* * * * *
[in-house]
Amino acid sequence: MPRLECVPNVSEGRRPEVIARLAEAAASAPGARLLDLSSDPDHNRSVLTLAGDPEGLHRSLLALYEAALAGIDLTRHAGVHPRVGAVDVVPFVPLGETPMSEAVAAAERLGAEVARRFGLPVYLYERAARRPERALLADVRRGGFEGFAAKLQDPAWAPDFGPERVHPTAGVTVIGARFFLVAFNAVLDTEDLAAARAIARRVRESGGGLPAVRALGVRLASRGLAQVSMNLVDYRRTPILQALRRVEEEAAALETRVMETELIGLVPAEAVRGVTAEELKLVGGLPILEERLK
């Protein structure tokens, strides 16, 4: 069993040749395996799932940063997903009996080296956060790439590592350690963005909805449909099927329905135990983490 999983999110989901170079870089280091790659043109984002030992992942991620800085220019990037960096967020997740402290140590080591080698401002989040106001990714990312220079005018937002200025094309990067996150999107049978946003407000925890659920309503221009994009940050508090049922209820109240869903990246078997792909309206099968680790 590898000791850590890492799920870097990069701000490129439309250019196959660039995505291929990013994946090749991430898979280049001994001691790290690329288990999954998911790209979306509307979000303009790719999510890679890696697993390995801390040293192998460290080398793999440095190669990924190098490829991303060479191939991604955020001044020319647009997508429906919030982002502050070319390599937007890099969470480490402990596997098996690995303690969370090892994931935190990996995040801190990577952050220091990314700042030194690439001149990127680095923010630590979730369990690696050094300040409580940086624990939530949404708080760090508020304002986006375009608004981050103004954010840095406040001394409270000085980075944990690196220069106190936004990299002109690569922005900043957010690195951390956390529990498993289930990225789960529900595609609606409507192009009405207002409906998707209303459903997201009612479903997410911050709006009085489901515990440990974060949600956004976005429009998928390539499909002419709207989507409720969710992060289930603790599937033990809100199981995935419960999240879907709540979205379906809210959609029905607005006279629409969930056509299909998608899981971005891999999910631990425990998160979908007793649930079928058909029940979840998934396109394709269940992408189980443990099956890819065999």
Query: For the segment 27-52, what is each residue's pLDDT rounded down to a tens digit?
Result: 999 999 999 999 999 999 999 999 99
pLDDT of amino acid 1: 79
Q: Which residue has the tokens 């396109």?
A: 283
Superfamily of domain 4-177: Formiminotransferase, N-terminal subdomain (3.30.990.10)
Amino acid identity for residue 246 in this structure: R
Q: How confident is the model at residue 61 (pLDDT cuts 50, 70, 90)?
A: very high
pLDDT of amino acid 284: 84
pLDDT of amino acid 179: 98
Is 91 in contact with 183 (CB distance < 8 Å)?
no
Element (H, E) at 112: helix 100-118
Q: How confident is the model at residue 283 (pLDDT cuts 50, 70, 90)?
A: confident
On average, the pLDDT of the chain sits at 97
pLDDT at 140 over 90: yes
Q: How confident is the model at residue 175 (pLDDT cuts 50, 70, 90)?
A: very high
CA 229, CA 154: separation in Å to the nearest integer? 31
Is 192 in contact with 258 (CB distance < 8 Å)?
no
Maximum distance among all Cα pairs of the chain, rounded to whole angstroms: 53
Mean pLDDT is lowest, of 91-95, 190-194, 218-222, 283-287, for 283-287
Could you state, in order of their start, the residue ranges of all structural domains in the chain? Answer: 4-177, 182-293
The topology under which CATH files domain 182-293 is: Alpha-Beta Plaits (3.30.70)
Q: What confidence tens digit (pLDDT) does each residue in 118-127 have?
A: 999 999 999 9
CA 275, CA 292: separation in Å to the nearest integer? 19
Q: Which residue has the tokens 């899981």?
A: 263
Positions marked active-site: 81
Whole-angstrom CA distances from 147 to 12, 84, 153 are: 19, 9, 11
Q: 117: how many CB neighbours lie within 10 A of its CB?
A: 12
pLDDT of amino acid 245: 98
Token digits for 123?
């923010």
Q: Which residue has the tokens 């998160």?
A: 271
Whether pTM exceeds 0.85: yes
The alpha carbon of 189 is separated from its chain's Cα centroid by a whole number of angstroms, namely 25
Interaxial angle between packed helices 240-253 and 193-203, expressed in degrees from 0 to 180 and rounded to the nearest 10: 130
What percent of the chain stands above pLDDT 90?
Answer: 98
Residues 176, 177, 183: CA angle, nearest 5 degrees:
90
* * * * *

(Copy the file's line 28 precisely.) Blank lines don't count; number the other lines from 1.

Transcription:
Mean pLDDT is lowest, of 91-95, 190-194, 218-222, 283-287, for 283-287